Blocking protein in immune system kept it from telling brain that skin was irritated
MONDAY, Nov. 7, 2016 (HealthDay News) -- A new method of stopping the itch caused by poison ivy worked well in mice, researchers report.
"Poison ivy rash is the most common allergic reaction in the U.S., and studies have shown that higher levels of carbon dioxide in the atmosphere are creating a proliferation of poison ivy throughout the U.S. -- even in places where it wasn't growing before," said study senior author Sven-Eric Jordt. He's an associate professor of anesthesiology at Duke University School of Medicine in Durham, N.C.
"When you consider doctor visits, the costs of the drugs that are prescribed and the lost time at work or at school, the societal costs are quite large," Jordt added in a Duke news release.
The itch of poison ivy is caused by an oily sap called urushiol, which is also found in poison sumac and poison oak.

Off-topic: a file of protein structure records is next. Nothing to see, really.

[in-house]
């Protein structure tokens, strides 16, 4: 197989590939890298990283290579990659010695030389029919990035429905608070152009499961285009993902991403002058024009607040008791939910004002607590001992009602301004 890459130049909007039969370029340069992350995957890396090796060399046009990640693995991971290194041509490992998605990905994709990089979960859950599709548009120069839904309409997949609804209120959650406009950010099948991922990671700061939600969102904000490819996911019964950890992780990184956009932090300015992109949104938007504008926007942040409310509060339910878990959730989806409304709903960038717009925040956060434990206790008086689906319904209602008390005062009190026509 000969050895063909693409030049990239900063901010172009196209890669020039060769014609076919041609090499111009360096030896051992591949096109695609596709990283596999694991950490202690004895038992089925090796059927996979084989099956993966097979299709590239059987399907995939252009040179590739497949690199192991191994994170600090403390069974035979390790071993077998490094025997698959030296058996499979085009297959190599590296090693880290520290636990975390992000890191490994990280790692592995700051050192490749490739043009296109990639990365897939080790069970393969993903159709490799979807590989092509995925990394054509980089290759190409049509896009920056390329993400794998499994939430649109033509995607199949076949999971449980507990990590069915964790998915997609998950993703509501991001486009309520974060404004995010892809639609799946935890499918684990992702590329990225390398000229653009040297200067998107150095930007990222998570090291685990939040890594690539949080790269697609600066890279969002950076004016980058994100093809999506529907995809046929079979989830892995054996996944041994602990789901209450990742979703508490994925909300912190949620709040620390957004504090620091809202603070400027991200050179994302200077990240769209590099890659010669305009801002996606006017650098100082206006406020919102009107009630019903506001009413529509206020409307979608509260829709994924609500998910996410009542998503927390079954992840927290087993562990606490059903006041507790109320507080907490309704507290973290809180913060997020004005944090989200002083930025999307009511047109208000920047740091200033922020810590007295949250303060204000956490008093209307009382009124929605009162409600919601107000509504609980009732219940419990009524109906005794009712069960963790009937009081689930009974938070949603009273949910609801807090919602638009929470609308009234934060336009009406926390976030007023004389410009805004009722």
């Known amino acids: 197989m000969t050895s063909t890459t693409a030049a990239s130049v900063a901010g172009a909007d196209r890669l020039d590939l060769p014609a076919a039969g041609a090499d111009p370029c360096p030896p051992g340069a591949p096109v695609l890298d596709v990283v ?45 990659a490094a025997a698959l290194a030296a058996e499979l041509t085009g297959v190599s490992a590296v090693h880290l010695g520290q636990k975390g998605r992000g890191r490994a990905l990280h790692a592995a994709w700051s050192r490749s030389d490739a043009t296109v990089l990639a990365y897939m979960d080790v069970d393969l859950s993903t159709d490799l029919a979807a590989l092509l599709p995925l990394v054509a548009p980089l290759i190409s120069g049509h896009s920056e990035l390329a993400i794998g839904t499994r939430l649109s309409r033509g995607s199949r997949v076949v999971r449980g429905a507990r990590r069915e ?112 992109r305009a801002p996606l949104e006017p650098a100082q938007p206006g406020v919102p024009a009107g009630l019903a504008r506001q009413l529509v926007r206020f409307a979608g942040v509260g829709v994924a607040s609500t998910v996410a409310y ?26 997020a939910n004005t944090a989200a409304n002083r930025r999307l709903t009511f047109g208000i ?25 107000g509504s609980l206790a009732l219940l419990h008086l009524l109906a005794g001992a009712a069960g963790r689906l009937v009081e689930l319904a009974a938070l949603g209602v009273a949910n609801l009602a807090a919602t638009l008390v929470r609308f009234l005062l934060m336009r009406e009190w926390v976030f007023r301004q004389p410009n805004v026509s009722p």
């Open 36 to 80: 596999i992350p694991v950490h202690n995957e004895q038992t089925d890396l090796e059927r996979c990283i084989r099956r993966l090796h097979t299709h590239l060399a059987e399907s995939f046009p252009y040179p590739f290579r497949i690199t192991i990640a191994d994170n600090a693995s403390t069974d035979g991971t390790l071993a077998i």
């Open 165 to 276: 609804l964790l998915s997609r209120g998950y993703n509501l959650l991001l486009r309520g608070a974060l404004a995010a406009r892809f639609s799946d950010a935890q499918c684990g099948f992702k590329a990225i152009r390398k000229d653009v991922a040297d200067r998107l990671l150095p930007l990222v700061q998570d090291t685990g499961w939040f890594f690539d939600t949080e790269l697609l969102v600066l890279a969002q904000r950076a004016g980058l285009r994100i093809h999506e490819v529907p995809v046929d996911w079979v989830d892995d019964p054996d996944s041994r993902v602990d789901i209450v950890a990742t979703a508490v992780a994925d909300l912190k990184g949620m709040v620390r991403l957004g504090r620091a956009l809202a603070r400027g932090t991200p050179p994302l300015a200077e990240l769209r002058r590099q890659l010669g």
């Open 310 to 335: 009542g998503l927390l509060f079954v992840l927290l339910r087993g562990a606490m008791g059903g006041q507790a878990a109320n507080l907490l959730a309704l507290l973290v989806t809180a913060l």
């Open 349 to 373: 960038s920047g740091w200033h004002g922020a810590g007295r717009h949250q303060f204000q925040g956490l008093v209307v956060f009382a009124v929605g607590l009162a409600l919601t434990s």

In mice with poison ivy rashes, blocking an immune system protein in the skin with an antibody halted the process that tells the brain the skin is itchy, the study found.
This approach might lead to new treatments for the 80 percent of people allergic to poison ivy, the researchers said. But animal research does not always produce similar results in humans.
The study was published Nov. 7 in the journal Proceedings of the National Academy of Sciences.
Each year, more than 10 million people in the United States suffer skin rashes after contact with poisonous plants. While not life-threatening, the condition is painful and results in significant health care costs, Jordt said.
He said some symptoms of skin rashes caused by poison ivy can be eased with antihistamines and steroids.
The American Academy of Family Physicians has more on poison ivy.